As I reflect on my marriage with Lynn and all that God walked us through I really feel like I've actually had the rare opportunity to behold that crowning jewel, to gaze upon its facets with fascination, to look into it and see true love, if just for a short time to see marriage as God designed it, and to experience marriage deep within my soul. Lynn and I have, what I think, one of the richest history's known to marriage, of course I'm biased and I do hope that others would contend for that same statement but I'll make it anyway. I simply cannot imagine reaching the depth of love and understanding with any other person save Lynn alone. We had true riches; we shared richness together as we joined with each other to build one life out of two. We shared a common history; we had long standing disagreements and inside jokes, we loved our kids with the same unmatched passion and wanted to see them grow as we grew old, we depended upon each other, helped each other, encouraged each other, aggravated each other and made each other laugh. We, quite literally, had it all, but even ending up with a great marriage is still no good reason to glory in this life because there is more.

If anyone thinks he has reasons to glory in this life, I can boast of more: I was married for fourteen years, to a woman who truly loved Jesus, she was gorgeous on the outside as well as the inside, as for friendship ours was as deep as they go, I had a friend of all friends, a true comrade, in regard to the love, we experienced selfless love, as for passion my heart breaks for her now; as for commitment I still feel one with her, I had it all! But whatever was to my profit I consider loss for the sake of Christ. What is more, I consider everything a loss, even my passionate love for Lynn, compared to the surpassing greatness of knowing Christ Jesus my Lord, who allowed me these experiences and for whose sake I will gladly loose more. I consider these experiences rubbish compared to the prospect of gaining Christ in a deeper way and to be found in him, not having a deep found richness of my own that comes from the God given pleasures of life, but the richness that comes through faith in Christ; true richness that doesn't pass away, the richness that comes from complete trust in God. (Inspired by Phil 3)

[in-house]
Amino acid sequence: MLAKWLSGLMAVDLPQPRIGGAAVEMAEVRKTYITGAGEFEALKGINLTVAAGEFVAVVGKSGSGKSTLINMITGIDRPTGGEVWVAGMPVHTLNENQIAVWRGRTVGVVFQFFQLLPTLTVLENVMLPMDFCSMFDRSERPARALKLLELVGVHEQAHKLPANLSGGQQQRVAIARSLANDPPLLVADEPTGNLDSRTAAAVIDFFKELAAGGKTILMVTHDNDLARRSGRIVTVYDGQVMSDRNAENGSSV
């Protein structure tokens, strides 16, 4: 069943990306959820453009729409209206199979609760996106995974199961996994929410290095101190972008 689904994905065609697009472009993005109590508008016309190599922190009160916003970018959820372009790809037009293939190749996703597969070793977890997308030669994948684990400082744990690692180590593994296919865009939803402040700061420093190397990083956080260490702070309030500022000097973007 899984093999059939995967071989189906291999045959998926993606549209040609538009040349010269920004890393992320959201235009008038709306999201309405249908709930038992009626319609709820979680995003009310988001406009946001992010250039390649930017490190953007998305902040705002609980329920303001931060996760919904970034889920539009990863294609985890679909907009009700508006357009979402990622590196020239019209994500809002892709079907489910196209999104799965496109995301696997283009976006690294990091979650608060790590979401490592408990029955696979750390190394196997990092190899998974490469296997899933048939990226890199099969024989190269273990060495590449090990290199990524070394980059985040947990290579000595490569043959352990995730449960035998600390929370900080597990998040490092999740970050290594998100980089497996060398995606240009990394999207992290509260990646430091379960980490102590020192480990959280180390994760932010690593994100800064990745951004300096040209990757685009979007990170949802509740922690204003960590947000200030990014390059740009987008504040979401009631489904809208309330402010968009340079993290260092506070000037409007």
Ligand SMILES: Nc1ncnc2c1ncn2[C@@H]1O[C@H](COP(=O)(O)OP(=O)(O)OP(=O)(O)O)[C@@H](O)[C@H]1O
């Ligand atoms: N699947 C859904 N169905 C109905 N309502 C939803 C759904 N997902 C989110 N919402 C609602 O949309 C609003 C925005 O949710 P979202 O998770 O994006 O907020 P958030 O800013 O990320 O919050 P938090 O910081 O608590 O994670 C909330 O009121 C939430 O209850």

Tuesday, December 4, 2007


Lord, help me live from day to day
In such a self-forgetful way,
That even when I kneel to pray,
My prayer shall be for "Others"

Help me in all the work I do
To ever be sincere and true,
And know, that all I do for You
Must needs be done for "Others"

"Others" Lord, yes, "Others"
Let this my motto be,
Help me live for others
That I may live for Thee.

by Charles D. Meigs

This little poem/prayer has done much to epitomize the focus of a life lived for Christ,  and helps clarify and bring the focus of Christian service back to Christ. I first heard this in a Chuck Smith sermon, he said he had to learn in a Bible club in school. I’m continually reminded at how great men of faith seem to always have these amazing little poems or axioms in their back pockets to help bolt down eternal truths.

Sunday, November 11, 2007